Based on the ODSS results, some workers in the construction industry and construction occupations are at increased risks of silicosis. The handling and use of raw materials in construction occupations could lead to dusty work environments and possible exposure to silica dust. 

    • Excavation grading, paving and related occupations: No increased risk
    • Other construction trades occupations: No increased risk
    • General contractors: 1.3 times the risk
Relative Risk by Industry and Occupation

Figure 1. Risk of silicosis diagnosis among workers employed in each industry group relative to all others, Occupational Disease Surveillance System (ODSS), 1999-2016

The hazard ratio is an estimate of the average time to diagnosis among workers in each industry/occupation group divided by that in all others during the study period. Hazard ratios above 1.00 indicate a greater risk of disease in a given group compared to all others. Estimates are adjusted for birth year and sex. The width of the 95% Confidence Interval (CI) is based on the number of cases in each group (more cases narrows the interval).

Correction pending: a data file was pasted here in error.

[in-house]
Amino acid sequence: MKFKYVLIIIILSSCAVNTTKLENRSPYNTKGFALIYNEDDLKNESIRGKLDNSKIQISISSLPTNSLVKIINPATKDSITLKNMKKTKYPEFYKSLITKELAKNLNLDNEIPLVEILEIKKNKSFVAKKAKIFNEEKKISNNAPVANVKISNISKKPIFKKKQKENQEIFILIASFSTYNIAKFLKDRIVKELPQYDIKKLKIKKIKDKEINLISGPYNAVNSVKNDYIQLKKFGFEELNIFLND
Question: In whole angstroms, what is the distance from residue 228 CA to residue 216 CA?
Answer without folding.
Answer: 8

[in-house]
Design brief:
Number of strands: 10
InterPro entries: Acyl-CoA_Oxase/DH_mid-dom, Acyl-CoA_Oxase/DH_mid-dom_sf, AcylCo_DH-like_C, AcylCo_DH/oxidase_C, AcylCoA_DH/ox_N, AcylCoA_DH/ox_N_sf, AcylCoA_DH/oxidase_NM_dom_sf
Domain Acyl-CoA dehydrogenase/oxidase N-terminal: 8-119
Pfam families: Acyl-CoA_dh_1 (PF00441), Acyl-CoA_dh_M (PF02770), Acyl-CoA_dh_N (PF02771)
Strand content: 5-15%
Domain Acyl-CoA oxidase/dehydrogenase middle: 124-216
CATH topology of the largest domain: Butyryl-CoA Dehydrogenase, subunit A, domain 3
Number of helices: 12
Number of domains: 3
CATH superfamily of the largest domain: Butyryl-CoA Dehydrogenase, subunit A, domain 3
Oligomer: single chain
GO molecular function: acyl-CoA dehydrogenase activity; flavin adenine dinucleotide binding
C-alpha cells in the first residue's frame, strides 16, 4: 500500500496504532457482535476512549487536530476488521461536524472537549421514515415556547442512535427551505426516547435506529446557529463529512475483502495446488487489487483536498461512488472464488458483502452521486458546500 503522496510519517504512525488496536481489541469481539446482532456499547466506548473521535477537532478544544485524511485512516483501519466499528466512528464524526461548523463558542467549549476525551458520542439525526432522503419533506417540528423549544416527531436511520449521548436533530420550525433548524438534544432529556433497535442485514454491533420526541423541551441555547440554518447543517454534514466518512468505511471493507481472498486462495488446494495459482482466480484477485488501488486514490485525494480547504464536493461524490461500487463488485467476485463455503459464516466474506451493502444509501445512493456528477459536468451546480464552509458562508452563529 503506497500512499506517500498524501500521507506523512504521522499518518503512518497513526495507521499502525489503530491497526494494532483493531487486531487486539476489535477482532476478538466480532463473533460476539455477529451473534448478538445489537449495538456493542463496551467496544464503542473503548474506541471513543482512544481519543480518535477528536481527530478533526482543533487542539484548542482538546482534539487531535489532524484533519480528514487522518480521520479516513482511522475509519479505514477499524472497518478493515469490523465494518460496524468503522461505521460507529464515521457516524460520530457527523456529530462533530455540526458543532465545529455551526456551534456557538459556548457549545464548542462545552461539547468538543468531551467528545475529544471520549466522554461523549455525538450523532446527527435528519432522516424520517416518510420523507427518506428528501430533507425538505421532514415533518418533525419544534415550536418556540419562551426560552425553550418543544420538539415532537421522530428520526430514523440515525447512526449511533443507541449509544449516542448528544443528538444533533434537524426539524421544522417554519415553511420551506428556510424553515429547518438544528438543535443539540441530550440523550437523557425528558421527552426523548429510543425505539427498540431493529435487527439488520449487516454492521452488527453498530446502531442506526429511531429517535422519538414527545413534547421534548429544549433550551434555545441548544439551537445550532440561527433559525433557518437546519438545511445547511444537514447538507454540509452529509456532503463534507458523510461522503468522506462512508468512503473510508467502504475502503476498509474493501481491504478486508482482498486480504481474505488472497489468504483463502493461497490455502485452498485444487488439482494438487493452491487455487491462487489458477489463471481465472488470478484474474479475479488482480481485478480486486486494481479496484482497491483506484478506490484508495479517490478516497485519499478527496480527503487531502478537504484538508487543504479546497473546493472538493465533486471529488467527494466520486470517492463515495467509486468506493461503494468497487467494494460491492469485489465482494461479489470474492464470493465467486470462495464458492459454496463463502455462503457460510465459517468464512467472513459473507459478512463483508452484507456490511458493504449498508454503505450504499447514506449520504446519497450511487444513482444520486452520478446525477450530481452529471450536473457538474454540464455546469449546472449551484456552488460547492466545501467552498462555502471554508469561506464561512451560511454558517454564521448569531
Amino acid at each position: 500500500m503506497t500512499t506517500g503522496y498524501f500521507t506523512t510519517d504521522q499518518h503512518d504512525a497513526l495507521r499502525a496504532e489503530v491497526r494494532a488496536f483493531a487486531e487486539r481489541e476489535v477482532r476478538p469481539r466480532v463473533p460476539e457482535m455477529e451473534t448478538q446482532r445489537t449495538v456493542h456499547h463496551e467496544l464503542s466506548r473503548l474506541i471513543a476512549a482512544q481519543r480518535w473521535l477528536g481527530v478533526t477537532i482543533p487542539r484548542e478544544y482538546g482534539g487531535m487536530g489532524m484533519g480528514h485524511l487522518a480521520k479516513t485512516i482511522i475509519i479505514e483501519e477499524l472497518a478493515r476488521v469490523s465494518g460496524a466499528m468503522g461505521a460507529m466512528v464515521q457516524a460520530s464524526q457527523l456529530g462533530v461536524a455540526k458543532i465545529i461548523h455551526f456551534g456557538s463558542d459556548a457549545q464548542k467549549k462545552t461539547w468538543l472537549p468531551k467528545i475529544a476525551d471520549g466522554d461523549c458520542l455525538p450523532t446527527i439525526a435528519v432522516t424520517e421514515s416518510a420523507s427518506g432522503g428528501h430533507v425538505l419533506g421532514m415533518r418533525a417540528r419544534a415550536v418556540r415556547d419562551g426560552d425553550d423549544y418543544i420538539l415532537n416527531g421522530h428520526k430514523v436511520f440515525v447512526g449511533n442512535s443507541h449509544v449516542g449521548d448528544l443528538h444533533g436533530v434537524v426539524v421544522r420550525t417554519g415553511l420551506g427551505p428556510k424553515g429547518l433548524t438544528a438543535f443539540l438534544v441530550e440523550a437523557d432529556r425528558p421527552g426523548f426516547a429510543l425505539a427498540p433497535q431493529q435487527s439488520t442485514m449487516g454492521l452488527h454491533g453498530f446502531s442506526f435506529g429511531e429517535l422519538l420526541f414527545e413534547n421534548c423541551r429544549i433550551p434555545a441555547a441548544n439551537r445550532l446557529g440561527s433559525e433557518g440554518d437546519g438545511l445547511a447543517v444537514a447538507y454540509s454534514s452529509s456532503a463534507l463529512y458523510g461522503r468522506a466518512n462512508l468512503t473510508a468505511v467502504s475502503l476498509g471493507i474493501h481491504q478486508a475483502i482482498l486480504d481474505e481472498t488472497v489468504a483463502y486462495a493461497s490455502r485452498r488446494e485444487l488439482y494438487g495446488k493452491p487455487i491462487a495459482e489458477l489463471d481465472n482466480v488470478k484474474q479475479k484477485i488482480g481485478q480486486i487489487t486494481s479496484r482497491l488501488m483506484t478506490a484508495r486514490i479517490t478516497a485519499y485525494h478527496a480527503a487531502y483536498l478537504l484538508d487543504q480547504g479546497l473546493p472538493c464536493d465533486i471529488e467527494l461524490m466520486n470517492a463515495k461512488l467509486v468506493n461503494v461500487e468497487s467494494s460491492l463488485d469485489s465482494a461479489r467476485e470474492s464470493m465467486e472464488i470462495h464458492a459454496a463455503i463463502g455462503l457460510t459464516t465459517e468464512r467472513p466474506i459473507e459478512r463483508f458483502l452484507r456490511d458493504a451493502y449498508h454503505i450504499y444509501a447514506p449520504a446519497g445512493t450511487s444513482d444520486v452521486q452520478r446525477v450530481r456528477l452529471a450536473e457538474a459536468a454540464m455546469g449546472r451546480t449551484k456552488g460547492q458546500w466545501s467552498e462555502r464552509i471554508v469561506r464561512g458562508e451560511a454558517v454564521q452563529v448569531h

Figure 2. Risk of silicosis diagnosis among workers employed in each occupation group relative to all others, Occupational Disease Surveillance System (ODSS), 1999-2016 

The hazard ratio is an estimate of the average time to diagnosis among workers in each industry/occupation group divided by that in all others during the study period. Hazard ratios above 1.00 indicate a greater risk of disease in a given group compared to all others. Estimates are adjusted for birth year and sex. The width of the 95% Confidence Interval (CI) is based on the number of cases in each group (more cases narrows the interval).

Table of Results

Table 1. Surveillance of Silicosis: Number of cases, workers employed, and hazard ratios in each industry (SIC)

SIC Code * Industry Group Number of cases Number of workers employed Hazard Ratio (95% CI) †
1 Agriculture <5 27,816
2/3 Forestry, Fishing and
Trapping
0 7,857
4 Mines, Quarries and
Oil Wells
27 18,186 10.6 (6.96, 16.10)
5 Manufacturing 74 565,737 1.12 (0.83, 1.50)
6 Construction 22 175,679 1.21 (0.77, 1.90)
7 Transportation, Communication
and Other Utilities